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Governor’s Budget Would Require Schools To Offer Full-Time, In-Person Classes By Fall

Image of a first grader bounds toward a restroom on the campus of Brainard Avenue Elementary in Lake View Terrace.
A first grader bounds toward a restroom on the campus of Brainard Avenue Elementary in Lake View Terrace. L.A. Unified School District campuses follow rules requiring six feet of distance between all staff and students at a time — which means restroom capacity is limited.
(Kyle Stokes
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If Gov. Gavin Newsom’s budget proposal becomes law, public schools across California would be expected to provide full-time, in-person instruction next fall.

“We want kids back in person this fall full-time,” Newsom said Friday as he unveiled his budget vision — and if the legislature approves that proposal on June 30, “the statute will make it crystal clear that that is, indeed, a requirement.”

Newsom’s budget plan would once again make in-person instruction the “default” way for schools to get state funding, according to a summary of the proposal. Newsom’s proposal would allow students to remain in distance learning mode at their parent’s request without jeopardizing their school’s funding.

State Teachers Union Is Open To The Idea

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California Governor Gavin Newsom speaks at a podium, his hands raised next to the microphone.
California Gov. Gavin Newsom speaking during a news conference after touring the vaccination clinic at City College of San Francisco on April 06, 2021.
(Justin Sullivan/Getty Images
Getty Images North America)

Right now, at least eight out of every 10 public schools in California offer in-person instruction at least part-time — though an L.A. Times analysis shows only about half of students have actually returned to campuses.

Before we get too ahead of ourselves: State legislators actually write the spending plan. A lot can happen between now and the legislature’s June 15 deadline.

Plus, over the last six weeks, Newsom has made clear his “expectation” that campuses fully reopen by fall — so it’s not surprising that his budget vision reflects that rhetoric.

Still, if Newsom’s budget passes, that expectation would have the force of law.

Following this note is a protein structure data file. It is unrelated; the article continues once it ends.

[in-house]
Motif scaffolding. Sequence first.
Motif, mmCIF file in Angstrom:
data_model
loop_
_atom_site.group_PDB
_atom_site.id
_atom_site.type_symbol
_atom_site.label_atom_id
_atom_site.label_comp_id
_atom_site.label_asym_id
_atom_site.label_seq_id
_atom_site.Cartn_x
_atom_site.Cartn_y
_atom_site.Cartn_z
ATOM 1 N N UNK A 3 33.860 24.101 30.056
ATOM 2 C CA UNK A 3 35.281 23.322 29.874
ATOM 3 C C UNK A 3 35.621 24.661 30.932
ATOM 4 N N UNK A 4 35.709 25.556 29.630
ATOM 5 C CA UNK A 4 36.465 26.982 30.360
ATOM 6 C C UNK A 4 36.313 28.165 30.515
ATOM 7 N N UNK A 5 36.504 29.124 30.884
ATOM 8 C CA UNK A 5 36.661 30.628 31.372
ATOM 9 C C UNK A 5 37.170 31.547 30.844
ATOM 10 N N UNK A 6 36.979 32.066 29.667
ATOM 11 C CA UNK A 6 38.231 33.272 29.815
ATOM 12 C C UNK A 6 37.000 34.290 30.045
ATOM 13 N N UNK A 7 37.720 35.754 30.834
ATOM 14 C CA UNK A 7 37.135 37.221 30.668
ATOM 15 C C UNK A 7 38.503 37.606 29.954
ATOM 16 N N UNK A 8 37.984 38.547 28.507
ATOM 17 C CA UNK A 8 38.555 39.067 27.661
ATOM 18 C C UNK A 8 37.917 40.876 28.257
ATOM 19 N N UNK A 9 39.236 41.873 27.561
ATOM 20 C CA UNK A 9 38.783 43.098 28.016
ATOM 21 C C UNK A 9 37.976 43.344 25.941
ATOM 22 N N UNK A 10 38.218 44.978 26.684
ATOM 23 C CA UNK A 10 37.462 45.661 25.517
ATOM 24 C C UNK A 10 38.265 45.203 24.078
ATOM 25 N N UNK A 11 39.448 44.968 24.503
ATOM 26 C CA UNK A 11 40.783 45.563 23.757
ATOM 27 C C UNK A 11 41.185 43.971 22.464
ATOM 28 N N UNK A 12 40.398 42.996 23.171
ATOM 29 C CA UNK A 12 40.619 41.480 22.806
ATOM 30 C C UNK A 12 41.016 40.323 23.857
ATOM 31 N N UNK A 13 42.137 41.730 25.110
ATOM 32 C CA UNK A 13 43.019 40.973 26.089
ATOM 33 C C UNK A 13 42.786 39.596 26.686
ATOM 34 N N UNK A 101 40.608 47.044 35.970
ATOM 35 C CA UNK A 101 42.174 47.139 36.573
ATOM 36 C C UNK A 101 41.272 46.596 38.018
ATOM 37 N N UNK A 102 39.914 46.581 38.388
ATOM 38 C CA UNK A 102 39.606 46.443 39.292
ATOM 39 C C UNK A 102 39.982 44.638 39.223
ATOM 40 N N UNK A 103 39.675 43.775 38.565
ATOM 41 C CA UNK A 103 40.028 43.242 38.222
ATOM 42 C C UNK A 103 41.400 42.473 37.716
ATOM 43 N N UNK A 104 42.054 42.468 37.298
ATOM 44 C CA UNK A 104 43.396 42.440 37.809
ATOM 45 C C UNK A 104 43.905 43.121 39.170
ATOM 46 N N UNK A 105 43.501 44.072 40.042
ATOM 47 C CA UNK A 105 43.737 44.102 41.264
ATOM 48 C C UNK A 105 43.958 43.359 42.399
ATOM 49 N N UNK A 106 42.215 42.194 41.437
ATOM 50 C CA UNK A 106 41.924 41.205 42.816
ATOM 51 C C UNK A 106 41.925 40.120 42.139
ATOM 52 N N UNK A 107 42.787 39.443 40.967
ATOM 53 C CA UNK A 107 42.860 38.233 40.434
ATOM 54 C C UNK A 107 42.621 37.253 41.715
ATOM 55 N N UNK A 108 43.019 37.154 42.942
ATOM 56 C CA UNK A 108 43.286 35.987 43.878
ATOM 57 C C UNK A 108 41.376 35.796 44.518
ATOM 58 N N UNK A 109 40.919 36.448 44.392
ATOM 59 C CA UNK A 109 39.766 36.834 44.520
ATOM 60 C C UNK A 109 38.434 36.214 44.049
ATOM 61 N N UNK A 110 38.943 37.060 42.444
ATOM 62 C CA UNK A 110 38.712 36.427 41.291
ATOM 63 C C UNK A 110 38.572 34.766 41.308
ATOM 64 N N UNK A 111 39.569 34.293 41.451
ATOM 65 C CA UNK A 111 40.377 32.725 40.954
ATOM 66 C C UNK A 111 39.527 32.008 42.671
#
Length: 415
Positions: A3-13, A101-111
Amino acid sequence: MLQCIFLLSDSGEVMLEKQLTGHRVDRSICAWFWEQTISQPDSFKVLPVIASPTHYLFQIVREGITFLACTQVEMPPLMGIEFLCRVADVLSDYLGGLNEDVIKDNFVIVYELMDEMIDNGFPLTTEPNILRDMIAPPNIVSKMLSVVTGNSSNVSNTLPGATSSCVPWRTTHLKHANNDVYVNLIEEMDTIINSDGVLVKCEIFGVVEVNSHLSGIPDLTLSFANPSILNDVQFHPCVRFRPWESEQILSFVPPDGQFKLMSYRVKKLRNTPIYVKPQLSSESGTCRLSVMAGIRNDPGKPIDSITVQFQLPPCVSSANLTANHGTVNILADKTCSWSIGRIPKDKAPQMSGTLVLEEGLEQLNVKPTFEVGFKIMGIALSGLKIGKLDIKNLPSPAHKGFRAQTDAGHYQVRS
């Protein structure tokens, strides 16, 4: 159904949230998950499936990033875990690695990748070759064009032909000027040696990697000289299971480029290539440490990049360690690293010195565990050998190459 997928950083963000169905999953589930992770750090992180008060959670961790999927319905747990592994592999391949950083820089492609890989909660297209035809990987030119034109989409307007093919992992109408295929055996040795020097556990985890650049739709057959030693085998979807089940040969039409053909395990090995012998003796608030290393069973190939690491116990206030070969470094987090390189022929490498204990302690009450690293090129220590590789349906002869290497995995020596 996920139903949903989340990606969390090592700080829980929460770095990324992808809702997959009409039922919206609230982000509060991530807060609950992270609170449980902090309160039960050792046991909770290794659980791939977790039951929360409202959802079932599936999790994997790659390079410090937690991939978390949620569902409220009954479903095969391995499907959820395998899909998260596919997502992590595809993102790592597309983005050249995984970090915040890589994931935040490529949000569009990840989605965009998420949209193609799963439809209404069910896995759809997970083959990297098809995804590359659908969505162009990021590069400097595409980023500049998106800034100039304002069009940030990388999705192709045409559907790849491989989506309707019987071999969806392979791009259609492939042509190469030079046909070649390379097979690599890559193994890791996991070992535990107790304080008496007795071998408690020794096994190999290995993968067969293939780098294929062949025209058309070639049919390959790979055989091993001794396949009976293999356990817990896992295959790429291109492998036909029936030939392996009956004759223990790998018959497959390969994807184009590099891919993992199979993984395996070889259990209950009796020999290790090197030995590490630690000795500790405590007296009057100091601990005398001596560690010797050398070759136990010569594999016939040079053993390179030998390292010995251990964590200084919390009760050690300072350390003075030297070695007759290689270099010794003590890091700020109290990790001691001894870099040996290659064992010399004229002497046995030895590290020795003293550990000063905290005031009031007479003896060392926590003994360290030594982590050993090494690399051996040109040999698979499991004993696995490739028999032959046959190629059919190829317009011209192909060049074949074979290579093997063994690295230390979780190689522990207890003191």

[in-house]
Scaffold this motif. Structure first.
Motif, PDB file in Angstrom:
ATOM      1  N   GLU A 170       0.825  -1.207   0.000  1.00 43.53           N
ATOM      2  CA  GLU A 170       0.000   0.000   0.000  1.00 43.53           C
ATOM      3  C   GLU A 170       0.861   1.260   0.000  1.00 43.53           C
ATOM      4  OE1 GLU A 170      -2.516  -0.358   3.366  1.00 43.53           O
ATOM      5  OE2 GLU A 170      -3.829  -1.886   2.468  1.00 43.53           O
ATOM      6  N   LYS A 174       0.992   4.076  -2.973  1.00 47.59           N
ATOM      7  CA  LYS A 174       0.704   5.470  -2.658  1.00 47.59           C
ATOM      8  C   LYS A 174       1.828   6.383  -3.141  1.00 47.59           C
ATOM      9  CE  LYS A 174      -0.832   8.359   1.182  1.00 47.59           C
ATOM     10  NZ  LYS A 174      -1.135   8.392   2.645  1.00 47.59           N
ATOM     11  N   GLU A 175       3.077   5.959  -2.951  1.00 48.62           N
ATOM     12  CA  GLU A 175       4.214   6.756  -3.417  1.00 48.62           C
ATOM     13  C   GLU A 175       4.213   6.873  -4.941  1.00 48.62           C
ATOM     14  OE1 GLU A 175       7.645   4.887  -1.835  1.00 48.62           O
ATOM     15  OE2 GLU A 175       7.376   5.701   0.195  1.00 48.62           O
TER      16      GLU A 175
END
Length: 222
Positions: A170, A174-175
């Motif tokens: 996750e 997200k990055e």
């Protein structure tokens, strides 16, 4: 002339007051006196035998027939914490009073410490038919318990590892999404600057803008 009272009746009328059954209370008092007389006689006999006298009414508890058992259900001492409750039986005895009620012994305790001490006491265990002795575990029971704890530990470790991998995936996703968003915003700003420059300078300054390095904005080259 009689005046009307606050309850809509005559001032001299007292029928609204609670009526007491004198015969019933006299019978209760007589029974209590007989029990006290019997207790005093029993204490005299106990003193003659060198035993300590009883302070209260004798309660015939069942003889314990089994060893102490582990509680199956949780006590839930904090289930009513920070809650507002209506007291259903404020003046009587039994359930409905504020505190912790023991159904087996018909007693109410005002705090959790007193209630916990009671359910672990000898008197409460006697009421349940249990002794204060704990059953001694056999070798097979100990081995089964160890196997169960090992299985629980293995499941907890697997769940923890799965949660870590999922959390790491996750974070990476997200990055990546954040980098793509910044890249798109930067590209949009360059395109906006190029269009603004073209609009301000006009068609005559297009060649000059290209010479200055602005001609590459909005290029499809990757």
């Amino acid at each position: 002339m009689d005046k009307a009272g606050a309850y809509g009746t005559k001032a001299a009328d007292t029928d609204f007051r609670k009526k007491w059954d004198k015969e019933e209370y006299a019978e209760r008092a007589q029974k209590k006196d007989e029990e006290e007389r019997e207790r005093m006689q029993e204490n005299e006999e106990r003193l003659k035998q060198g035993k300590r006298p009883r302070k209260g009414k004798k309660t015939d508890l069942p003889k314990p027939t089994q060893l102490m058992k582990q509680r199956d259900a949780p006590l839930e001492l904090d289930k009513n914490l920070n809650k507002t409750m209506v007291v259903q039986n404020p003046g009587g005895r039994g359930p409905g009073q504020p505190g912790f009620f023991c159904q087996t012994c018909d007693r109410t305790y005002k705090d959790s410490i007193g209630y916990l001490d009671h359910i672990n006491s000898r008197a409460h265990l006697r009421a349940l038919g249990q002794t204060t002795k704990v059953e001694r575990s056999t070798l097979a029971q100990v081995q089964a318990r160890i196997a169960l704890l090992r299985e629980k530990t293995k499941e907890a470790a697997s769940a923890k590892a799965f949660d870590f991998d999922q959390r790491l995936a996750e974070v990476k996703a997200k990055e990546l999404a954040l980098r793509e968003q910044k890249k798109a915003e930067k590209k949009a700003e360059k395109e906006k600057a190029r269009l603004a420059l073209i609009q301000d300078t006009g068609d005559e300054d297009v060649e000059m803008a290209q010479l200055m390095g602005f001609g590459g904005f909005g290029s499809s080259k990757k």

And an important interest group signaled its openness to Newsom’s expectation on Friday: the state’s largest teachers’ union, the California Teachers Association.

“While we expect that safe, in-person instruction will be the norm in the fall,” wrote CTA president E. Toby Boyd in a statement, “we believe, as a matter of equity, parents must have access to a high quality, independent learning option for students with diverse and complex needs.”

An End To Hybrid Schedules?

According to a summary, Newsom’s budget proposal calls for changes to state law that would make full-time, in-person instruction “one of only two ways in which local educational agencies can earn state apportionment funding in 2021-22.”

The other way? “By serving students outside the classroom in response to parent requests.”

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This summary suggests a possible end not only to mandatory distance learning, but to hybrid schedules that bring students on-campus part-time or for only a few days a week.

Hybrid schedules have allowed districts to ensure at least some students could return to campus to receive vital services during the waning days of the 2020-21 school year. But the hybrid schedules are a turn-off for many students and parents — and teachers have grown weary of juggling in-person and remote groups.

“Unless there’s a compelling reason, [hybrid learning] is not just untenable and unsustainable, it’s educationally disastrous,” said Randi Weingarten, president of the American Federation of Teachers labor union, in a major policy speech this week, according to Chalkbeat.

In response to follow-up questions, CTA spokesperson Lisa Gardiner said the union was open to ending the hybrid schedules.

“It’s not going to look the same as the hybrid or distance learning offered this year,” Gardiner said, “but we believe there has to be some viable virtual pathways for parents similar to a more robust independent studies program that has been offered for decades in California.”

Newsom’s proposal does call for “a series of improvements to the state’s existing independent study programs.”

On top of record funding levels for public schools, Newsom’s revised budget also calls for an additional $2 billion to help schools pay for safety precautions to allow for a return to in-person schedules. These funds could pay for COVID-19 testing and vaccine programs in schools, as well for other cleaning and safety supplies.

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